Flatulence: the science of ‘tooting’
By Malissa Allen
It could be worse, however, if you were the surprised party and didn’t expect it to happen.
Either situation can be rather unpleasant and have negative impacts on you and people around you. Since this bodily function is not going to go away, perhaps we can learn how to reduce the smell.
First, it’s important to understand what causes flatulence, which is known as “passing gas” or belching. Both actions release the gas we create in our tummy.
When chewing gum, excess gas will seep into your system through your mouth, but is typically not smelly at all. However, many foods you eat tell a complete different smelly story.
Foods, especially alkaline ones when mixed with the acid in your stomach, produce gassy carbon dioxide as it travels to the large intestine. As the food travels down our tracking system, along with it flows millions of different bacteria. These bacteria react to the undigested food residue, producing gas.
Vegetables, in addition to beans, lactose and liquids, make additional gas since they contain certain sugars which our stomach can’t appropriately process, so it goes into the bowel unaltered. There, the microscopic organisms ferment them and create gas.
Fiber is a starch that is good for our body, yet our body can’t process it. Fiber goes through our gastrointestinal tract to our digestive organs, where microbes separate it to produce gas.
Gas that is non-foul typically produces the loud noises. They have around 59 percent nitrogen, 29 percent hydrogen, 9 percent carbon dioxide, 7 percent methane and 3 percent oxygen. As a rule, they originate from our mouth when we eat quickly or chew.
The rise of nitrogen and carbon dioxide is normally substantial, so when they are released out of our bottom, the “toot” makes a noisy sound.
However, it is scentless.
Silent but ‘deadly’
“Toots” that are normally the smelly ones are produced as microorganisms feed on nourishment in our digestive system. They create little bubbles of gas, so they leave our body quietly. They are comprised of the gas indole, skatole, hydrogen sulfide (the outburst of sulfur in the digestive system) and mercaptan. Here and there, we do pass loud and stinky ones when the huge gas bubbles blend with little air pockets.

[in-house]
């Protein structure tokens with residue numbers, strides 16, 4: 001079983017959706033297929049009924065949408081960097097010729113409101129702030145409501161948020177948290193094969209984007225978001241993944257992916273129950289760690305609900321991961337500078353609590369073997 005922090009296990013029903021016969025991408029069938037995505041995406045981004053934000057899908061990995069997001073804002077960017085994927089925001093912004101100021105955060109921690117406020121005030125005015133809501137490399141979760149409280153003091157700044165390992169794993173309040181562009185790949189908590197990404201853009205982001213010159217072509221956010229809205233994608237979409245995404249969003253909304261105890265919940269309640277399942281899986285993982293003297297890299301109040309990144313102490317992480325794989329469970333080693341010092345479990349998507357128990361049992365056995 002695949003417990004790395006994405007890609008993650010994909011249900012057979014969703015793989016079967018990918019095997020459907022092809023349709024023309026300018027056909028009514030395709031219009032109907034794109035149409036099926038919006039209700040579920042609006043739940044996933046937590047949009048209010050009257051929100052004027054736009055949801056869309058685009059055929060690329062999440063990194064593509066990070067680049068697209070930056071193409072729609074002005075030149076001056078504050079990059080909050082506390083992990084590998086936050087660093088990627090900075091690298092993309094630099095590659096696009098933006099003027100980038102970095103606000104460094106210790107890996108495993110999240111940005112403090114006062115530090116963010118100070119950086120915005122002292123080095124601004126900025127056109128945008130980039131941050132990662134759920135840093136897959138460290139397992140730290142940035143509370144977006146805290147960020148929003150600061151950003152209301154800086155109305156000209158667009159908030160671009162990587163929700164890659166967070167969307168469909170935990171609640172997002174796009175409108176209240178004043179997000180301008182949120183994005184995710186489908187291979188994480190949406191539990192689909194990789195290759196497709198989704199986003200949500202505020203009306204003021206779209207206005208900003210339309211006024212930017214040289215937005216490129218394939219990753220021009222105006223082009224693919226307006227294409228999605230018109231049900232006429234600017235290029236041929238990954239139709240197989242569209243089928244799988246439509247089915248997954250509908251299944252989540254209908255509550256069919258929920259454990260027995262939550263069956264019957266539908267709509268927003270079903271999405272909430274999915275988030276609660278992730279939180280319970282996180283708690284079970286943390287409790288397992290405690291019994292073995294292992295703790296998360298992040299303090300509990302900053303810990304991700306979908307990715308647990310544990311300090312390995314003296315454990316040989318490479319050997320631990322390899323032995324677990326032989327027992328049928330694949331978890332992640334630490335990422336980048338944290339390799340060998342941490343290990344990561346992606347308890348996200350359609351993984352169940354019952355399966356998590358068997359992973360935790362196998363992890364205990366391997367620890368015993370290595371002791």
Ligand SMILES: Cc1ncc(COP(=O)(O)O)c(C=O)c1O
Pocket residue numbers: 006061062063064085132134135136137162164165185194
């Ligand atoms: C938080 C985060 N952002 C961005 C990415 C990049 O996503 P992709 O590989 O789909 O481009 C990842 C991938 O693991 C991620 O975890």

In the event that you eat a ton of fat, it enters our system mostly unaltered when it makes its way through the large intestines. The microbes there change them into volatile fatty acid and they can smell truly terrible.
Foods that create those stinky smells are rich in sulfur and this is because microscopic organisms break them down while producing hydrogen sulfide, which has a rotten odor.
Cauliflower, eggs, beans, cabbage, yams, collards, mustard greens and garlic are foods that have sulfites — or sulfates — as preservatives, producing bad gas. Beverages such as coffee, wine, cocoa and tea have the same effect.
Bananas, watermelon, and pineapple are gas-producing fruits. Sunflower seeds, walnuts, almonds, cashews and sesame seeds are the culprits in the nuts family. In dairy products, milk and sour cream can be your enemy.
There are a few medical issues — for example, being lactose intolerance — that impact the status of gas.
When lactose intolerant, the body is unable to process milk sugar or lactose that travels through the gut to make foul gas.
Now you know the science behind the quiet, deadly “toots” and those that rattle the walls. Next time you feel that rumbling down below, pay attention to what foods you eat and for everyone else’s sake, don’t eat it again.
• Allen, a native of Louisiana, is a contributing writer for Mohawk Valley In Good Health. To comment or suggest a column idea, contact her at firstname.lastname@example.org.